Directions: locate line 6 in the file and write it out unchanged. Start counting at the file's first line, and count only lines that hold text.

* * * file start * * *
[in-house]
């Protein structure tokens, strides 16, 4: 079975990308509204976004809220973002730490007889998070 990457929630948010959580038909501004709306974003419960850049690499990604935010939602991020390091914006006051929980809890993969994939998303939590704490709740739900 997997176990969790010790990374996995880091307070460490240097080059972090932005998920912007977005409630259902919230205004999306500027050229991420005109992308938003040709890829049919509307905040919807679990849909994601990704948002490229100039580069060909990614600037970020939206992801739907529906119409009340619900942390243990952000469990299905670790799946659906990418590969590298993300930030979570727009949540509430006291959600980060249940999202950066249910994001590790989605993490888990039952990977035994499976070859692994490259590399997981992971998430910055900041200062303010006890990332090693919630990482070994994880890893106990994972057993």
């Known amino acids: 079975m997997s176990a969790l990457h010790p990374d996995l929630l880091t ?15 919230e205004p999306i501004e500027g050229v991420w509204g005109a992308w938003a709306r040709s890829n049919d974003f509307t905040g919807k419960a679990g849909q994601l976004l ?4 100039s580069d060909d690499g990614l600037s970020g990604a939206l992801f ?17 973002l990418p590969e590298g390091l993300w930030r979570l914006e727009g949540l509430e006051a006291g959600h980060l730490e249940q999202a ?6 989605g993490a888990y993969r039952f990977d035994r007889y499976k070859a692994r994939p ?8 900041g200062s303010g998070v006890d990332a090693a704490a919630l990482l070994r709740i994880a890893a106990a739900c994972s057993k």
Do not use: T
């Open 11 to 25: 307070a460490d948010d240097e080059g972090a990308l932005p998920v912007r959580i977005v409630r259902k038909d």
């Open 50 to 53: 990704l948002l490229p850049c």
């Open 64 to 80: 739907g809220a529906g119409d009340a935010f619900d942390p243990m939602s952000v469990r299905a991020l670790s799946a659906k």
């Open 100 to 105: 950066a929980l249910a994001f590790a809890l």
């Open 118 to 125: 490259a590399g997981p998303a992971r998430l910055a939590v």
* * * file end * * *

């Open 50 to 53: 990704l948002l490229p850049c």